Burgundy is located south-east of Paris, in central-eastern France. Burgundy is one of the most visited regions in France. Visitors come to taste the famous wines and historic architecture and the unspoiled countryside with picturesque villages. The region is crossed by canals and rivers, including the Saône-et-Loire, but the varied and rich countryside includes hills, valleys, farmland, and dense forests. To rent a car is of much benefit if you are interested in visiting different regions of this city.
Means of transport
Trains connect Burgundy with the rest of France and beyond. If you travel to Burgundy, the most convenient airports north of the region are Paris airports and, to the south, Lyon St Exupéry airport.
Dijon is the cultural, administrative and commercial capital of the region and gives its name to the mustard whose recipe is “patented”. Dijon has an exquisite architecture with many buildings constructed using light yellow local stone. The historic center of Dijon, with its cobblestone streets, has been described as an open-air museum. A stroll through the city offers spectacular views of a well-preserved architecture. The Palace of the Dukes of Burgundy and the Cathedral of Saint-Benigne are noteworthy.
Being one of the leading wine producers in France, the countryside is covered by vineyards that mainly produce pinot noir and chardonnay. During the exploration of Burgundy, you will find places with names such as Chablis, Côte-de-Nuits and Pouilly-sur-Loire, all famous brands of wine produced in these regions of Burgundy. The departments of Côte-d’Or, Côte-de-Nuits, and Côtes-de-Beaune are best known for their vineyards planted in the 12th century.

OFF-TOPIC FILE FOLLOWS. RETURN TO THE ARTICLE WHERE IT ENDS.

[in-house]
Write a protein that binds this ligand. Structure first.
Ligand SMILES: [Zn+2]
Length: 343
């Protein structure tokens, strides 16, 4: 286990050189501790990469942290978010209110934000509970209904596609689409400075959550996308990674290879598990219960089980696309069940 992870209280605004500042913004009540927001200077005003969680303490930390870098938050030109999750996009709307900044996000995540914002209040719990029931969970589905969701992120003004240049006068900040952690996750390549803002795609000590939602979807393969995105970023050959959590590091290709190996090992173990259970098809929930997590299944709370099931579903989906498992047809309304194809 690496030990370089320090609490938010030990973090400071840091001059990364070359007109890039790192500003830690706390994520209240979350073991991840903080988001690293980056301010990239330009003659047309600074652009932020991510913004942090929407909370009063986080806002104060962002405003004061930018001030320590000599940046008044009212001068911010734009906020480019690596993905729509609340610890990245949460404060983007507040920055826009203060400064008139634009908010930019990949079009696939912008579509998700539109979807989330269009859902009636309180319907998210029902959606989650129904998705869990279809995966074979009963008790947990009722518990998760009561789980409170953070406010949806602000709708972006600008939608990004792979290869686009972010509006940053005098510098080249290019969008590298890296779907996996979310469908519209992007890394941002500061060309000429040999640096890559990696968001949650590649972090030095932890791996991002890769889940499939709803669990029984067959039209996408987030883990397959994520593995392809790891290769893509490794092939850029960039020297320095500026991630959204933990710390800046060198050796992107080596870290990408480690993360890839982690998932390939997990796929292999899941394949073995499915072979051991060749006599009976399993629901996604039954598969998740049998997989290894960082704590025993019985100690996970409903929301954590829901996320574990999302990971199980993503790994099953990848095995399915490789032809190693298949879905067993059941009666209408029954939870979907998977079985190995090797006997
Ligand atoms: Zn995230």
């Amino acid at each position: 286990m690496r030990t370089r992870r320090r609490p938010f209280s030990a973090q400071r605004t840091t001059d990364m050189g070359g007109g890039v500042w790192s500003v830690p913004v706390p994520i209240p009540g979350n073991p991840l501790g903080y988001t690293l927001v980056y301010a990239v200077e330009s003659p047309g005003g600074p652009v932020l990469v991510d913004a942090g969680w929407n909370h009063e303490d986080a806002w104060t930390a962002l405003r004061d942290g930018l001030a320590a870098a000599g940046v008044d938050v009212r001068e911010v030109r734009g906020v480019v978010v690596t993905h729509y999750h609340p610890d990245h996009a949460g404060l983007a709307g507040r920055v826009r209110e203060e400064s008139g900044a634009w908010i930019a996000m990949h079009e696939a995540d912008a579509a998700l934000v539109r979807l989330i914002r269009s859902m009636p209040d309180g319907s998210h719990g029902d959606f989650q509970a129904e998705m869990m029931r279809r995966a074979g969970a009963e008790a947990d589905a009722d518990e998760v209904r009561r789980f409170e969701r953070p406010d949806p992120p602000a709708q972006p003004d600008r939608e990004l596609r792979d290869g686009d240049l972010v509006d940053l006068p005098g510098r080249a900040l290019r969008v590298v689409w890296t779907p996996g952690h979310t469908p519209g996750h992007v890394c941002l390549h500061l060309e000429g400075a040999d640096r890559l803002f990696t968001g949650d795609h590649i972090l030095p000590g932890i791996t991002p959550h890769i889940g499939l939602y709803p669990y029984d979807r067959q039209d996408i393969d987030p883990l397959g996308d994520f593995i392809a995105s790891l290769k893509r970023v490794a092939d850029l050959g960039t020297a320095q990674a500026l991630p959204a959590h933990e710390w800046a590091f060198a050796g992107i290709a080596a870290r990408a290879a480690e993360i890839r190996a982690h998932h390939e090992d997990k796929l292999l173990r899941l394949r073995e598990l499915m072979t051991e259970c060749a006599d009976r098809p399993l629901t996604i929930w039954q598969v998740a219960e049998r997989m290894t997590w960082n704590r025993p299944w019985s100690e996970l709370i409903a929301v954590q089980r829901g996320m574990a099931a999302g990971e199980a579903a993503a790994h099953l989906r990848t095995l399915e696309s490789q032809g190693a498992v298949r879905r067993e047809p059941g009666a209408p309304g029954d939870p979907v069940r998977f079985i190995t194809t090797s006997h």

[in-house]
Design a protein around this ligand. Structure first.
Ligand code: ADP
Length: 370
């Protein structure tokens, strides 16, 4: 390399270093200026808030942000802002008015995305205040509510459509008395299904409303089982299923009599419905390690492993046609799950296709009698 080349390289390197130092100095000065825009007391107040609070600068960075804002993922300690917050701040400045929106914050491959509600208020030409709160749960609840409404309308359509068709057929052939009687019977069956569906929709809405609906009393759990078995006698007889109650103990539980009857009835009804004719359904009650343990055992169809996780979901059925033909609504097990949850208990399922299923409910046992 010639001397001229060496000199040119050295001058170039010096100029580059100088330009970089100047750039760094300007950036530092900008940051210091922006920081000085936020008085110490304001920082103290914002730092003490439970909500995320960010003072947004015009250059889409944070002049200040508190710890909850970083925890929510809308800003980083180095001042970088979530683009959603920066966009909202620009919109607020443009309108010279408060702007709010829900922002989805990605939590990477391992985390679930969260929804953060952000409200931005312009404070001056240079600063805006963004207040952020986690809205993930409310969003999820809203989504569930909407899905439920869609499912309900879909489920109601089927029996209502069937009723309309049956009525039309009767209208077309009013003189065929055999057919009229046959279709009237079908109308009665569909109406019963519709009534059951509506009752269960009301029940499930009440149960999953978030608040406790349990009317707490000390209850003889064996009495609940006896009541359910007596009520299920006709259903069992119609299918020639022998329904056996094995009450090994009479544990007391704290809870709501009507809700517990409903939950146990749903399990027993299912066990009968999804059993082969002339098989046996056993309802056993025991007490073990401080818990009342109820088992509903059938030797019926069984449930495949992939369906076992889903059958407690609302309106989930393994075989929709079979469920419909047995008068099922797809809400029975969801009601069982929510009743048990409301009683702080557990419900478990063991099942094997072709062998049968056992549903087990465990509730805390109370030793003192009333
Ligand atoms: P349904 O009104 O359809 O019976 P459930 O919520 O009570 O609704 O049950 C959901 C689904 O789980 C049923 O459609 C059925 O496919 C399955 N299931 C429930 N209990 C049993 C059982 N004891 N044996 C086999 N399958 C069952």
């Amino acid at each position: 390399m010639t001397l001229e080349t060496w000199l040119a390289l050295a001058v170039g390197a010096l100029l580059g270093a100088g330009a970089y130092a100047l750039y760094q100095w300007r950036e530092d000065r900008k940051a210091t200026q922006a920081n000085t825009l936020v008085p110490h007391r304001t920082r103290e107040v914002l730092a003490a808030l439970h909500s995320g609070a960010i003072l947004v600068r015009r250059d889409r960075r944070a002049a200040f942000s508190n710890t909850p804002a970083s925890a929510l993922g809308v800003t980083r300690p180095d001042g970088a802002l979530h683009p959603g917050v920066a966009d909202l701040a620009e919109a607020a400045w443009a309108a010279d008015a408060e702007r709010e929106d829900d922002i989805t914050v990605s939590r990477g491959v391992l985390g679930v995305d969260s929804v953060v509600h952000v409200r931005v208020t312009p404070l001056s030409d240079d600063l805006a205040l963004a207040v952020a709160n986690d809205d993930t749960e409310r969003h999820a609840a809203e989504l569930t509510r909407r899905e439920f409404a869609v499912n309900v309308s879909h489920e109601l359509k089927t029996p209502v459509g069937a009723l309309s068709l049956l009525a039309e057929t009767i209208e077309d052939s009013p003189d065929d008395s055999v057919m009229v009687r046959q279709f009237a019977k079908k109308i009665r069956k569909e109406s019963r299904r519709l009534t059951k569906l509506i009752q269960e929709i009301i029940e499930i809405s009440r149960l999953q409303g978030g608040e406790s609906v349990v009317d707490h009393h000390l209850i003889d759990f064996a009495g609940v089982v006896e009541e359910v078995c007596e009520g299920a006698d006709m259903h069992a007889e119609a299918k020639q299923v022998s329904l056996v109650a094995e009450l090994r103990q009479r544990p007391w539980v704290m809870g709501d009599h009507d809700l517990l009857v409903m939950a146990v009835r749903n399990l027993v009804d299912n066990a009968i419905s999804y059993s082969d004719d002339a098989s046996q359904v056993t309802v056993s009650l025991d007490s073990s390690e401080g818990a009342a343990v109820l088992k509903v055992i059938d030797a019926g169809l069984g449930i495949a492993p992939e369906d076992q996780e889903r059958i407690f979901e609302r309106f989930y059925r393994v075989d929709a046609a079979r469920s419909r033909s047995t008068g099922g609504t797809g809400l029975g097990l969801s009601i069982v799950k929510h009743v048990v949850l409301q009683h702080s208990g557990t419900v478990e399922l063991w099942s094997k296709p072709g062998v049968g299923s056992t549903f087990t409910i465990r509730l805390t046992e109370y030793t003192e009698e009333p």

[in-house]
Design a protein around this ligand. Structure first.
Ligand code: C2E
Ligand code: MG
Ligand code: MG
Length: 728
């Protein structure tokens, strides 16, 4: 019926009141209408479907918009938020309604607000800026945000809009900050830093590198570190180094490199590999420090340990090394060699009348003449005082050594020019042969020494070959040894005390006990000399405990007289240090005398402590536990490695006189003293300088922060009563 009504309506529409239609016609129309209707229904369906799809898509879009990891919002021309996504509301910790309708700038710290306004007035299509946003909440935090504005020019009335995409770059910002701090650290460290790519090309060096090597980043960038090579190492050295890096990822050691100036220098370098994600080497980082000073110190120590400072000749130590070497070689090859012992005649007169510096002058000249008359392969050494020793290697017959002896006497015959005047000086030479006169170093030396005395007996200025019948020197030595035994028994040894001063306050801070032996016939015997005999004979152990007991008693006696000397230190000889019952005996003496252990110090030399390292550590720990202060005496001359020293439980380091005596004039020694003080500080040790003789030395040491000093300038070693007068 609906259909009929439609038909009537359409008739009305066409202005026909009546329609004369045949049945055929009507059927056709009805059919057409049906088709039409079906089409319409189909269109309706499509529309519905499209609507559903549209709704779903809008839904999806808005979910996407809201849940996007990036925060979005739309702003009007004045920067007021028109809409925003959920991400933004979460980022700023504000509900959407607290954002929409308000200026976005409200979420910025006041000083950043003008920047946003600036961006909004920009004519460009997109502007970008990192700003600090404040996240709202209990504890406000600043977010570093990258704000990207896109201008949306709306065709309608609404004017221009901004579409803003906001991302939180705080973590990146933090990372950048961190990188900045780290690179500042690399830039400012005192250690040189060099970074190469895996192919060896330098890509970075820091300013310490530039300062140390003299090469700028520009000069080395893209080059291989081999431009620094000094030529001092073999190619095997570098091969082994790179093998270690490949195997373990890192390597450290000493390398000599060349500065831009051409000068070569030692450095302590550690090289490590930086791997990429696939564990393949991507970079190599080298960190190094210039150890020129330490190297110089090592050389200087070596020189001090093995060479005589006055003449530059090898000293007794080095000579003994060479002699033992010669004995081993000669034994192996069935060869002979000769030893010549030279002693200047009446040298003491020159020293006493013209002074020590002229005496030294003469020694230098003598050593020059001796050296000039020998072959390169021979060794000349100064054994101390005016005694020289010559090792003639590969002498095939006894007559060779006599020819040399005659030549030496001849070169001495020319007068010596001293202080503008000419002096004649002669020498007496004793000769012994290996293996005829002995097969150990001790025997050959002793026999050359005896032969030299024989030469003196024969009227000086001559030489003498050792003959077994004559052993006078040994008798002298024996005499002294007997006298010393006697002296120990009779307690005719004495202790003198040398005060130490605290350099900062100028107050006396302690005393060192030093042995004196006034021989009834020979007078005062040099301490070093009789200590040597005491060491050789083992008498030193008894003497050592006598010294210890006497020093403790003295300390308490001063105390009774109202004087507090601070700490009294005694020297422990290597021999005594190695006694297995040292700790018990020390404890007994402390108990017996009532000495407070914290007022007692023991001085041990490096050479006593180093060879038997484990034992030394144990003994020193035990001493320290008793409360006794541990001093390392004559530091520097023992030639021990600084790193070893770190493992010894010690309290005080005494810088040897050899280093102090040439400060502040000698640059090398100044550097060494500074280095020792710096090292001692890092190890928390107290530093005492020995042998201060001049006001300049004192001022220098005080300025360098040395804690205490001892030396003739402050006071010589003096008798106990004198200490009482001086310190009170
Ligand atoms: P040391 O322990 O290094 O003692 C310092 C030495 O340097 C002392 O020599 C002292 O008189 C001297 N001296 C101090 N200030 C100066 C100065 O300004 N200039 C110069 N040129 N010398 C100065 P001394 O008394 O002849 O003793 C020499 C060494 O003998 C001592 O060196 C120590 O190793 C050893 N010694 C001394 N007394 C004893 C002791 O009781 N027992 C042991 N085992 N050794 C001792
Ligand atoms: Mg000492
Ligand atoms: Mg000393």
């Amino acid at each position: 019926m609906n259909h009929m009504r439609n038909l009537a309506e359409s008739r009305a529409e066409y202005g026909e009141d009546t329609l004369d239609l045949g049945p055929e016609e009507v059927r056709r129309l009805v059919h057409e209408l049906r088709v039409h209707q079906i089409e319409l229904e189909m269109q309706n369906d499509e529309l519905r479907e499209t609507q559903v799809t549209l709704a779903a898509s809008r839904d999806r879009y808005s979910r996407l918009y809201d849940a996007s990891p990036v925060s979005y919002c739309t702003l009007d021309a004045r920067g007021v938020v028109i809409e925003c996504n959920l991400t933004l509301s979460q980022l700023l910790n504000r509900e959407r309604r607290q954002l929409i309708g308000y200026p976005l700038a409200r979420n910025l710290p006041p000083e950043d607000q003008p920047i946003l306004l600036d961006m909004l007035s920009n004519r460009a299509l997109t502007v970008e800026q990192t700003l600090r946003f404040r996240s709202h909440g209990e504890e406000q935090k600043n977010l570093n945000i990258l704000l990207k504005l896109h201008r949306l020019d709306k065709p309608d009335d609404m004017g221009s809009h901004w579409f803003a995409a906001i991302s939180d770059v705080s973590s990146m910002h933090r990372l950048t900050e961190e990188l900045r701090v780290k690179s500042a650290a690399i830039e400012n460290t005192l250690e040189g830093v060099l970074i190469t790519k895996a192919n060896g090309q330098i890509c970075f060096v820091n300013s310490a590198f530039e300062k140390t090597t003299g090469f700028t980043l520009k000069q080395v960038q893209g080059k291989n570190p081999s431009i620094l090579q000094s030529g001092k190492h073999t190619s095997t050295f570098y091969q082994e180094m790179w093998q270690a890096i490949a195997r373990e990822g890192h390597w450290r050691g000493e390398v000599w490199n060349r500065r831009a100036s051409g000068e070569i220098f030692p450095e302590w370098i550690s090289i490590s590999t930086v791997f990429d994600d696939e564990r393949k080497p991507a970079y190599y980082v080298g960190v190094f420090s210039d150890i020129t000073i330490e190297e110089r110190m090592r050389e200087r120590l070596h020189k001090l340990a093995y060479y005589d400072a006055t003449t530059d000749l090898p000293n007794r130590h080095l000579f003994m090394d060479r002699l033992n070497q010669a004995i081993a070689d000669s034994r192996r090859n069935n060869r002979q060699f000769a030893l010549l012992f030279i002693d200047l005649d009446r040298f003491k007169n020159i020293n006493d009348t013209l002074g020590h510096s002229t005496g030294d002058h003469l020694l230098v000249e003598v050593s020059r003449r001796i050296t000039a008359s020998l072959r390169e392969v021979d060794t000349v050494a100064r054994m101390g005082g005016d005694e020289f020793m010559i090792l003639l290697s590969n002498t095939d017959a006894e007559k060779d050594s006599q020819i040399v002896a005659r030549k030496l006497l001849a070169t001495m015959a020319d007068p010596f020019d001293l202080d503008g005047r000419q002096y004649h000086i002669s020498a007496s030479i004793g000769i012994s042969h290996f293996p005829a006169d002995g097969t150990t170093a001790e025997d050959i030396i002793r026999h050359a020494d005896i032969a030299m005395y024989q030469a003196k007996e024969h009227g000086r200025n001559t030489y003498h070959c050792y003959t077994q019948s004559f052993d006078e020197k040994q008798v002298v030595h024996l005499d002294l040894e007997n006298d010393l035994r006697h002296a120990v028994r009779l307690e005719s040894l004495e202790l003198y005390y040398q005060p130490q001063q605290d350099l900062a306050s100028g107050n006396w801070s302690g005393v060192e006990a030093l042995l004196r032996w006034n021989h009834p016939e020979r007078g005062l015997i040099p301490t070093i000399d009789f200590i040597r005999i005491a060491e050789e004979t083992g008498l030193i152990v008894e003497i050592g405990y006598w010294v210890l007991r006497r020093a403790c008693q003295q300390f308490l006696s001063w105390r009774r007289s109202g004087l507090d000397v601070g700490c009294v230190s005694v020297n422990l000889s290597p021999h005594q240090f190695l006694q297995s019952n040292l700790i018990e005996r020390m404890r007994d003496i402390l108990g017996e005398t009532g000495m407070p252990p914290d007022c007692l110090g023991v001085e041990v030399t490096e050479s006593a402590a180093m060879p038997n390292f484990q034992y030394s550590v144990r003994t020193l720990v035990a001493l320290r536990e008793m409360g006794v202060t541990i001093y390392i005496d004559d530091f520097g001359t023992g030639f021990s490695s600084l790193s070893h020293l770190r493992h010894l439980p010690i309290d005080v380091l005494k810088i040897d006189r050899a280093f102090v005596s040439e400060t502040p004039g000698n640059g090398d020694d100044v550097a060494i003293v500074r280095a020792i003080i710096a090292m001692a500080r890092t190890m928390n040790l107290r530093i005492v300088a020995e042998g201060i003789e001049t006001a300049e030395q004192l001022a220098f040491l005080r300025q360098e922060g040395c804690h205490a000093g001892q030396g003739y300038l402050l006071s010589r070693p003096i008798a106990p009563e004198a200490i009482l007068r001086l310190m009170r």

Burgundy is an ideal place for guided tours, especially vineyards; wine tastings (in Chablis or in Beaune); experience French cuisine in a cooking class or take a bike ride along the canals. Outdoor enthusiasts will find opportunities to explore forests, hike and participate in water activities on the numerous lakes. Nevers in the department of Nièvre is located in a hilly area and is home to the Haut Folin, the highest peak in the Morvan hills. Part of the Morvan Regional National Park is located in this department of Burgundy and you can hike and even climb.
In contrast, the Saone valley in Burgundy is a flat expanse of land. You can take water and browse the Burgundy Canal, the Saône or the Yonne. Among the buildings not to be missed are the Hospices de Beaune; the Cistercian abbey of Fontenay to UNESCO; the Romanesque cathedral of Autun; the church of Saint-Philibert in Tournus, of the eleventh century; the Vezelay Abbey, a UNESCO heritage site, on the pilgrimage route to Santiago de Compostela; the perched village of Montreal and the historic buildings of Nevers.
The traditional cuisine of Burgundy includes wine rooster, gingerbread, aniseed desserts, Burgundy Epoisses cheese, and Citeaux Abbey cheese. Enjoy the traditional Dijon food market and eat at Michelin-starred restaurants in the city or buy local products to go to Dijon’s specialty stores. You need to rent a car for your to explore fully this city.